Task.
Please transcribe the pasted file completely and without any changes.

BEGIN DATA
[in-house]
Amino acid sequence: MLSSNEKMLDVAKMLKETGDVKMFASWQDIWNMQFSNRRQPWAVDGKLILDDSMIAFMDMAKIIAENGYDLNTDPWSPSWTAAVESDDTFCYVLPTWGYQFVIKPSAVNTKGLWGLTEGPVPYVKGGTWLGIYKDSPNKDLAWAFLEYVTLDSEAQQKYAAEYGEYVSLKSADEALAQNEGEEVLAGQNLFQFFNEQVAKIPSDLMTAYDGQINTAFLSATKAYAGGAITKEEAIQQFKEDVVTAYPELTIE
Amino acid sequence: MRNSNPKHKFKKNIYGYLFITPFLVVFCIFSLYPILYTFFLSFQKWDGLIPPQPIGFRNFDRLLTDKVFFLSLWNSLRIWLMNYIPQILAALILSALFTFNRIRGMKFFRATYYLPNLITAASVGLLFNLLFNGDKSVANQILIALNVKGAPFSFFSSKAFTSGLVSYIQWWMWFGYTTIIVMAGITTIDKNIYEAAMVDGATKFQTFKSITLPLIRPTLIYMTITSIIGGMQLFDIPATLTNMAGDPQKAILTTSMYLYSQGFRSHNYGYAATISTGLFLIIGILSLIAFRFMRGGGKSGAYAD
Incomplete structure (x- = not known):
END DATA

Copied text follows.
[in-house]
Amino acid sequence: MLSSNEKMLDVAKMLKETGDVKMFASWQDIWNMQFSNRRQPWAVDGKLILDDSMIAFMDMAKIIAENGYDLNTDPWSPSWTAAVESDDTFCYVLPTWGYQFVIKPSAVNTKGLWGLTEGPVPYVKGGTWLGIYKDSPNKDLAWAFLEYVTLDSEAQQKYAAEYGEYVSLKSADEALAQNEGEEVLAGQNLFQFFNEQVAKIPSDLMTAYDGQINTAFLSATKAYAGGAITKEEAIQQFKEDVVTAYPELTIE
Amino acid sequence: MRNSNPKHKFKKNIYGYLFITPFLVVFCIFSLYPILYTFFLSFQKWDGLIPPQPIGFRNFDRLLTDKVFFLSLWNSLRIWLMNYIPQILAALILSALFTFNRIRGMKFFRATYYLPNLITAASVGLLFNLLFNGDKSVANQILIALNVKGAPFSFFSSKAFTSGLVSYIQWWMWFGYTTIIVMAGITTIDKNIYEAAMVDGATKFQTFKSITLPLIRPTLIYMTITSIIGGMQLFDIPATLTNMAGDPQKAILTTSMYLYSQGFRSHNYGYAATISTGLFLIIGILSLIAFRFMRGGGKSGAYAD
Incomplete structure (x- = not known):